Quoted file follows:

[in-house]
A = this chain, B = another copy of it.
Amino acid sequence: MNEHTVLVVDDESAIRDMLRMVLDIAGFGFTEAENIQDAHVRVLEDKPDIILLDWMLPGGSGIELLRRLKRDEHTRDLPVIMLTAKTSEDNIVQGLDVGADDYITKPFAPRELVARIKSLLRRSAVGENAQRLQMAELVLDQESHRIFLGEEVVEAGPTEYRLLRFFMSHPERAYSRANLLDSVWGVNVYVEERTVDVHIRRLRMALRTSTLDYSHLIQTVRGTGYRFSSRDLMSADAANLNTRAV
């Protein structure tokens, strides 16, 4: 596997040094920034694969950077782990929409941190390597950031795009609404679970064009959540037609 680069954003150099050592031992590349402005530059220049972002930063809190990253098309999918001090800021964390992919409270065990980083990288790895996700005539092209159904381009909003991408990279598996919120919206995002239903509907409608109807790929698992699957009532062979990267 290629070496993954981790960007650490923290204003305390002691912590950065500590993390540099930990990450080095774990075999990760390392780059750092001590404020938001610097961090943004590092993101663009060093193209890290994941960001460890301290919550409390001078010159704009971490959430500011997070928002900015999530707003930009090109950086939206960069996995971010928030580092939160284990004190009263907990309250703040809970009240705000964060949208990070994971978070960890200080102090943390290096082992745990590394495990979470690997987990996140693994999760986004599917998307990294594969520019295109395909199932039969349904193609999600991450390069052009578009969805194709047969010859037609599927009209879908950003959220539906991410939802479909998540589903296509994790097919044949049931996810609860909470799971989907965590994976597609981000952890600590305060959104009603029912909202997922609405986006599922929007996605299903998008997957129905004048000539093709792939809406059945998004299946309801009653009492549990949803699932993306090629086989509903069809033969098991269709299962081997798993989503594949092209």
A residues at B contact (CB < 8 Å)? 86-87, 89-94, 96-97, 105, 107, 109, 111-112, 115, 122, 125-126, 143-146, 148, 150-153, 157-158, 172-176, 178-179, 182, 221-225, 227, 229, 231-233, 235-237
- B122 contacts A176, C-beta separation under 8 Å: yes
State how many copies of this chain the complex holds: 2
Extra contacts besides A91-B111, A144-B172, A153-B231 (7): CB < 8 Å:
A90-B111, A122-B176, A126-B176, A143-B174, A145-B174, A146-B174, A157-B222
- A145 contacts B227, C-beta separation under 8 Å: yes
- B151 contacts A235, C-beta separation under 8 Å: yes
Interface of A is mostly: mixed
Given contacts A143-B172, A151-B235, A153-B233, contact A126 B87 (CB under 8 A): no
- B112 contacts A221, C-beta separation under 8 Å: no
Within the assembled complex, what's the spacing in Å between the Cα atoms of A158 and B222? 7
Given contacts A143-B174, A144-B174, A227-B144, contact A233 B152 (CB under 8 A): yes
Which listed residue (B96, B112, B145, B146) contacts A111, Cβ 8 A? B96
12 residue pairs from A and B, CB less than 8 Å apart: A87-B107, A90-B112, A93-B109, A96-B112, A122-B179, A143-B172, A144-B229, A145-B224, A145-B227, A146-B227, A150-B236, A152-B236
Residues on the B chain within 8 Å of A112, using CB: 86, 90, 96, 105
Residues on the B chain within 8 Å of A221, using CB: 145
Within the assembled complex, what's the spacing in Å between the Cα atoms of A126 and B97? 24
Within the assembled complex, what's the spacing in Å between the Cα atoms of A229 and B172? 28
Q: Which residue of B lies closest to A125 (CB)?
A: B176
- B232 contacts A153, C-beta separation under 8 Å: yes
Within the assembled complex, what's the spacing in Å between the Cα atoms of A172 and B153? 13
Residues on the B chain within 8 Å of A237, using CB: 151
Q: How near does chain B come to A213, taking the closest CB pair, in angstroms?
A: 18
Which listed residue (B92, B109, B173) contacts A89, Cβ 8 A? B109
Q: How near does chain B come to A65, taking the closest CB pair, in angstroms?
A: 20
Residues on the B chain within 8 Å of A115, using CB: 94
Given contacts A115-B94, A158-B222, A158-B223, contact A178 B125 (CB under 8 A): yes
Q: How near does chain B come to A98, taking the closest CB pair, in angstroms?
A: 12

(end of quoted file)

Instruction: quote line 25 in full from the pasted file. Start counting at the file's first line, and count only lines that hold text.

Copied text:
- B232 contacts A153, C-beta separation under 8 Å: yes